Background: A 24 year old professional hockey player presented with anxiety, difficulty concentrating, and balance issues. He had sustained two previous head injuries while playing hockey.
Examination: The patient presented with a pathological left ocular tilt reaction. The patient’s seated heart rate was 55 beats per minute (BPM) and increased to 94 BPM after standing. The patient had a 4:1 V:A ratio on the right side, as well as red desaturation on the right side that improved after light stimulation. During balance testing, on a perturbed surface with his head turned to the left, the patient had a 45% stability score and fell in 7 seconds. Upward vertical pursuit following was saccadic during the entire stimulation at all speeds.
Results: The patient was treated over a four day span that included gaze stability exercises, eye movement therapy, chair rotations, and the interactive metronome. The patient had a 3:2 V:A ratio after treatment and did not have red desaturation. His stability score on foam with his head turned to the left improved to 75.7%. Vertical upward pursuit movements were vastly improved with no saccadic intrusions at .1 Hertz (Hz) and .2 Hz. His subjective anxiety decreased from 3/6 to 1/6.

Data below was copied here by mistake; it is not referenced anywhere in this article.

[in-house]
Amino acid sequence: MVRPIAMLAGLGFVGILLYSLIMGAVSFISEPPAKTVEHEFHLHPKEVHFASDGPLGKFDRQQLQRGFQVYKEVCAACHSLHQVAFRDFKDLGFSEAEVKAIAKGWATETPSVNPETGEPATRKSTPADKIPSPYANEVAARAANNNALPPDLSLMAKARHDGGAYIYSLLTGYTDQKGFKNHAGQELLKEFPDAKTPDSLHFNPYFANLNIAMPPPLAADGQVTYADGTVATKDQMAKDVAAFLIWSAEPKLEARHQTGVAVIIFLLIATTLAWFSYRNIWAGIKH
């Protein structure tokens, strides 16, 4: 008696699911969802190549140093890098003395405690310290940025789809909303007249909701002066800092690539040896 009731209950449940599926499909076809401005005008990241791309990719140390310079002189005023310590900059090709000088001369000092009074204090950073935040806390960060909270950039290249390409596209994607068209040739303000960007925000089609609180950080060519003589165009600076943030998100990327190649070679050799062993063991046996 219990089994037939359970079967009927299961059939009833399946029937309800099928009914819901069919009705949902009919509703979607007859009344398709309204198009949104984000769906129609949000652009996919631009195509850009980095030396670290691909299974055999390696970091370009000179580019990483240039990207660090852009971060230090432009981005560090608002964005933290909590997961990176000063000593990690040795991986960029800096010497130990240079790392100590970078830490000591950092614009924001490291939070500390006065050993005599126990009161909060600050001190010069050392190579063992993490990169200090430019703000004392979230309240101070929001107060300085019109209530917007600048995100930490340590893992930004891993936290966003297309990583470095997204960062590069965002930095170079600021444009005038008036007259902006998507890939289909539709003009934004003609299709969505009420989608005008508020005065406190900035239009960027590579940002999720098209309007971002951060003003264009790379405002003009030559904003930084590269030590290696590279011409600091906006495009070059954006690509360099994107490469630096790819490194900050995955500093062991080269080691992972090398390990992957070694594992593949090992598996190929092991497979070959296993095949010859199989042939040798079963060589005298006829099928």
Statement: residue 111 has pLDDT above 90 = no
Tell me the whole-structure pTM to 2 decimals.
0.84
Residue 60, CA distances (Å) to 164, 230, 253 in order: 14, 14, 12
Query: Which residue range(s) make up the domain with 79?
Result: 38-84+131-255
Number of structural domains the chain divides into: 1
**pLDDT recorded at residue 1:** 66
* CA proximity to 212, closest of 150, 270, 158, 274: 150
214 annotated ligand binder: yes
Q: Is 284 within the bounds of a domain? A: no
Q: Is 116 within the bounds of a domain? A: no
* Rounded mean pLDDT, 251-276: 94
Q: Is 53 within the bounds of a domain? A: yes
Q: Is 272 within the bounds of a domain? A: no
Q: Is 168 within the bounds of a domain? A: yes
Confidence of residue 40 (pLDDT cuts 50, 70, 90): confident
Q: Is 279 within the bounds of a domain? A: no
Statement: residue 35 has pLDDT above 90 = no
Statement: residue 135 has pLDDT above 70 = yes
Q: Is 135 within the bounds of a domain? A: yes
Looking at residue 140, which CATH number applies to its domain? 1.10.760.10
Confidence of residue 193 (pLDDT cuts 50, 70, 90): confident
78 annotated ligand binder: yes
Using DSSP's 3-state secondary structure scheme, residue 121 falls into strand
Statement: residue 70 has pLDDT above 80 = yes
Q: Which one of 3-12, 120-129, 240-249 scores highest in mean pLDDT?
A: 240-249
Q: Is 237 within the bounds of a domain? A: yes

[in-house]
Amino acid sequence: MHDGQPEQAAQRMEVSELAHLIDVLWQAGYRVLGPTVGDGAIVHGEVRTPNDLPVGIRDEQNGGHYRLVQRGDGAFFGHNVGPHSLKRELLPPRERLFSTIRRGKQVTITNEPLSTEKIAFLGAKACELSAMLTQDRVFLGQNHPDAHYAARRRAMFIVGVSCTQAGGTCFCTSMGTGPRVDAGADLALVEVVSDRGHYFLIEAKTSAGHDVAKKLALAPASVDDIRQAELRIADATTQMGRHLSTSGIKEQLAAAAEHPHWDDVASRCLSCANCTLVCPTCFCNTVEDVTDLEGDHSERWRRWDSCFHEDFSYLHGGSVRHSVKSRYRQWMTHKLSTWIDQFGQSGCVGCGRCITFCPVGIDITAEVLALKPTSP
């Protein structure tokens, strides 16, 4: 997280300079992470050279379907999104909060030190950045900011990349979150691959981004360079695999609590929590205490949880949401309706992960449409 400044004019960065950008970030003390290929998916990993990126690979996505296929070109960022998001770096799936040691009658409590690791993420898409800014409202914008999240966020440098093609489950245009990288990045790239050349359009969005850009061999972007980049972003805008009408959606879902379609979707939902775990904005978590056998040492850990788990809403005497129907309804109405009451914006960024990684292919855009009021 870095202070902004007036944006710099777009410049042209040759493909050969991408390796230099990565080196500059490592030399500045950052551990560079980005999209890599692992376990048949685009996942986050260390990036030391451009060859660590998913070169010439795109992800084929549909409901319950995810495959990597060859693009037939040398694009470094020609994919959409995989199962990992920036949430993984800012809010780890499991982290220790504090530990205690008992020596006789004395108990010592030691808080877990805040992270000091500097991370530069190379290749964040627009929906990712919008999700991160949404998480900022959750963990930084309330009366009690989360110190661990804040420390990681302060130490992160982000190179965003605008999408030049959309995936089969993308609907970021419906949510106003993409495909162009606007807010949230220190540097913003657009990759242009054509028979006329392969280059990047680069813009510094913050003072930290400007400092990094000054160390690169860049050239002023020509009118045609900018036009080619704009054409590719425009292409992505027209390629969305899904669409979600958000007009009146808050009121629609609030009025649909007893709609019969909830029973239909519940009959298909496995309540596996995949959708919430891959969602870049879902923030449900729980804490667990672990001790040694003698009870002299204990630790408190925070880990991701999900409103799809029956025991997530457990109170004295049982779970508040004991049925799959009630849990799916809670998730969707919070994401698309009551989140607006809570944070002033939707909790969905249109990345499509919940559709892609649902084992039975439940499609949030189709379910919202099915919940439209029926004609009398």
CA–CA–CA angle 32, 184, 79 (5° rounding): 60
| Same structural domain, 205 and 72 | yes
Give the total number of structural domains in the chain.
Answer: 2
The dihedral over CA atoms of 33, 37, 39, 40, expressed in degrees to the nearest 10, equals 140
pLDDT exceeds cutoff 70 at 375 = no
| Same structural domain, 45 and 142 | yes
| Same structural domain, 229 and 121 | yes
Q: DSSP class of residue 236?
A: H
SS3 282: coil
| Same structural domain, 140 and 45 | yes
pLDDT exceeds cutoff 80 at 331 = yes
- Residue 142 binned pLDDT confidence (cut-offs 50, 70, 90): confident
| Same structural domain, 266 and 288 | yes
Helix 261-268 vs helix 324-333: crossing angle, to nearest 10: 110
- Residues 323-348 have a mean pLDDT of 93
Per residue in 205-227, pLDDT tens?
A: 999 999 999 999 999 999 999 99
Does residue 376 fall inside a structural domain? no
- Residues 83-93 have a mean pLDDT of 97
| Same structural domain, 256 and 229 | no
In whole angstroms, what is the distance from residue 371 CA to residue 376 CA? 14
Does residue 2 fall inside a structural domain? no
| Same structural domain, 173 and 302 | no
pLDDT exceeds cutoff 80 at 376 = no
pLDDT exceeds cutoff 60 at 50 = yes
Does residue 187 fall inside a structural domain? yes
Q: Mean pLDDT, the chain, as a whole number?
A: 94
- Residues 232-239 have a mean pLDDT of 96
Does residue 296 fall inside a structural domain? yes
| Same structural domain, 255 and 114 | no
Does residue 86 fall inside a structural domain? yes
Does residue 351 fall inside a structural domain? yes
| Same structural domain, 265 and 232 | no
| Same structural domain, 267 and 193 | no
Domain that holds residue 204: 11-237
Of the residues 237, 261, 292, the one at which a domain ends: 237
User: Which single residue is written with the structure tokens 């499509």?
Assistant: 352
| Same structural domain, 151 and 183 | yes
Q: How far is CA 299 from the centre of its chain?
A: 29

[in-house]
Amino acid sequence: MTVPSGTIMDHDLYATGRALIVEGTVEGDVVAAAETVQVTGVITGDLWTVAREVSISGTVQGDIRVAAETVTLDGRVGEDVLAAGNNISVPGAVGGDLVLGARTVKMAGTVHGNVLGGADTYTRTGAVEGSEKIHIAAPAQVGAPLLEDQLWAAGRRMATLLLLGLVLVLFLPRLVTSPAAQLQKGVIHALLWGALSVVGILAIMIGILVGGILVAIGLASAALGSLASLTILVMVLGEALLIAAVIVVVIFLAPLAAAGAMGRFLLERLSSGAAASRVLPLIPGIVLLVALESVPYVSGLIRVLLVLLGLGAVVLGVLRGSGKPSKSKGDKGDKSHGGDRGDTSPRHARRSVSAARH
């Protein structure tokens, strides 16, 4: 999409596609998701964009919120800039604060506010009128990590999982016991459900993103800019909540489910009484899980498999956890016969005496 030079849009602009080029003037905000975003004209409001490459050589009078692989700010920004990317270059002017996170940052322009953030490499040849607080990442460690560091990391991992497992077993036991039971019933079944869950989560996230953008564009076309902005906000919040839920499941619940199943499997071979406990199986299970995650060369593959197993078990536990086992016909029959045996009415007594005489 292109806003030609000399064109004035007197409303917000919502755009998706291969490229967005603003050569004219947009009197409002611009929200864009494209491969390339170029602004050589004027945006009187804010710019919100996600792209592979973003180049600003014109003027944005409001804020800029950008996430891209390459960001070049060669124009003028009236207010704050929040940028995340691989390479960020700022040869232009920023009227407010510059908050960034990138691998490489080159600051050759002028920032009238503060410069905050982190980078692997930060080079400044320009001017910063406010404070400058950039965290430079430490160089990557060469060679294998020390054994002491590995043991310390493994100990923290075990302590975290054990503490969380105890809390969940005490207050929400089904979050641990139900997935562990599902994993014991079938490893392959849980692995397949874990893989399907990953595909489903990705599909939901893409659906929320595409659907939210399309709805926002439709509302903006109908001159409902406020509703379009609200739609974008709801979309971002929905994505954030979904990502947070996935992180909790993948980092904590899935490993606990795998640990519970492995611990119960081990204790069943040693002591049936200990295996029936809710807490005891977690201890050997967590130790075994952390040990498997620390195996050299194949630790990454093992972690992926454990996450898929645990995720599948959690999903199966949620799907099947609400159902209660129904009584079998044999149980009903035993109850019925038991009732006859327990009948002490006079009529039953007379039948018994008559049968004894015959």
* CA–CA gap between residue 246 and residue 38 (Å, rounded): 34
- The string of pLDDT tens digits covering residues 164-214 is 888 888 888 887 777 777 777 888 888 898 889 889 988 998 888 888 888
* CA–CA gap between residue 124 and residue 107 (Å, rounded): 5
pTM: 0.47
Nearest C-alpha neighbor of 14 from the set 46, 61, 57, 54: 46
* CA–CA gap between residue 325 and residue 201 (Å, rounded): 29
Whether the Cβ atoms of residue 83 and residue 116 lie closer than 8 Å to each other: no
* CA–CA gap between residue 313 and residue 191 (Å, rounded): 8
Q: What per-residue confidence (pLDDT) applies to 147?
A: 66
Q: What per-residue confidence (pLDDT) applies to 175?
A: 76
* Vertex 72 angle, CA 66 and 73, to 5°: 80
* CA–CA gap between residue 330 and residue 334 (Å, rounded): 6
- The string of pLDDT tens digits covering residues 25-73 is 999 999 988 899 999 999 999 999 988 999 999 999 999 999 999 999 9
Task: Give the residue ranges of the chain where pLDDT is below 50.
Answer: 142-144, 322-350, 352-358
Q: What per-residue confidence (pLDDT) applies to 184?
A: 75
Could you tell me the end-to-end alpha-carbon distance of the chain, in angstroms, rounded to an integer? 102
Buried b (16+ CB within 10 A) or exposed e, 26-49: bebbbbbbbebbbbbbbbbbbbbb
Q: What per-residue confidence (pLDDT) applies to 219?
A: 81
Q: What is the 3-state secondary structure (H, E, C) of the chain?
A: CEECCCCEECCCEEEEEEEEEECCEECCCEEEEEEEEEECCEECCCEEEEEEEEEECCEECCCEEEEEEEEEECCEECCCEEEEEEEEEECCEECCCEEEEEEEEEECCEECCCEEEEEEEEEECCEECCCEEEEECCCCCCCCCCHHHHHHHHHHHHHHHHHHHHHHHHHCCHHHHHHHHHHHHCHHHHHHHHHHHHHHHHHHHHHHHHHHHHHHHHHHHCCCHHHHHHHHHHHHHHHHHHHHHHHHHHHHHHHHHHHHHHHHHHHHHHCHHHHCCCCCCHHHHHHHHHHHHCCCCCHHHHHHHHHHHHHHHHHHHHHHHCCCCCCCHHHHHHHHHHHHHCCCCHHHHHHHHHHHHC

Conclusion: The rapid improvement of balance and neurological function indicate that brain-based treatment can be effective in the management of post-concussive symptoms including balance issues and anxiety. These results promote the need for further research.
Acknowledgments: The authors would like to thank Dr. Frederick Carrick and the Carrick Institute of Graduate Studies for the training and clinical neuroscience.
The authors would like to also thank Dr. Marc Ellis for the temporary utilization of his facilities for which this patient was seen and treated.
The authors would also like to thank Dr. Kelsey Brenner, Dr. Stuart Rutledge, Dr. Lon Kalapp, Dr. Eduardo Fontana, Dr. Ben Berendt for their assistance in patient treatment.